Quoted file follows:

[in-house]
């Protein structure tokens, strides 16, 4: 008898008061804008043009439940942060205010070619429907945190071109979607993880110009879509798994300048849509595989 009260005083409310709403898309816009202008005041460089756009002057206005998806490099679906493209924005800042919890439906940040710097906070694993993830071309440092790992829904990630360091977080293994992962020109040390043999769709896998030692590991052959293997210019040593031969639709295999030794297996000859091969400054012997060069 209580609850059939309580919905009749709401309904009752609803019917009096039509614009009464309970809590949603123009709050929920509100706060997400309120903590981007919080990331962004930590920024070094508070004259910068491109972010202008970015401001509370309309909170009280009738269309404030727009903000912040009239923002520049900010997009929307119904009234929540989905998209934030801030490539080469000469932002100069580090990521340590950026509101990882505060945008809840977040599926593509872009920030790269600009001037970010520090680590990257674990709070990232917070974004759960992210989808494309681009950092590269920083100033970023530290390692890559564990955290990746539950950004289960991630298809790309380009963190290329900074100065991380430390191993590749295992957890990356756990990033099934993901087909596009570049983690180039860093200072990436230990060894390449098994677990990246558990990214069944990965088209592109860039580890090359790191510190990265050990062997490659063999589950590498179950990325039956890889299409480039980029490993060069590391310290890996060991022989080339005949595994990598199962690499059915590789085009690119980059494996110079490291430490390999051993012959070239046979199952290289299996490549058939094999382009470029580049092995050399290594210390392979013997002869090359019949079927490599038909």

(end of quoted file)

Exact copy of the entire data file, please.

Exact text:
[in-house]
């Protein structure tokens, strides 16, 4: 008898008061804008043009439940942060205010070619429907945190071109979607993880110009879509798994300048849509595989 009260005083409310709403898309816009202008005041460089756009002057206005998806490099679906493209924005800042919890439906940040710097906070694993993830071309440092790992829904990630360091977080293994992962020109040390043999769709896998030692590991052959293997210019040593031969639709295999030794297996000859091969400054012997060069 209580609850059939309580919905009749709401309904009752609803019917009096039509614009009464309970809590949603123009709050929920509100706060997400309120903590981007919080990331962004930590920024070094508070004259910068491109972010202008970015401001509370309309909170009280009738269309404030727009903000912040009239923002520049900010997009929307119904009234929540989905998209934030801030490539080469000469932002100069580090990521340590950026509101990882505060945008809840977040599926593509872009920030790269600009001037970010520090680590990257674990709070990232917070974004759960992210989808494309681009950092590269920083100033970023530290390692890559564990955290990746539950950004289960991630298809790309380009963190290329900074100065991380430390191993590749295992957890990356756990990033099934993901087909596009570049983690180039860093200072990436230990060894390449098994677990990246558990990214069944990965088209592109860039580890090359790191510190990265050990062997490659063999589950590498179950990325039956890889299409480039980029490993060069590391310290890996060991022989080339005949595994990598199962690499059915590789085009690119980059494996110079490291430490390999051993012959070239046979199952290289299996490549058939094999382009470029580049092995050399290594210390392979013997002869090359019949079927490599038909």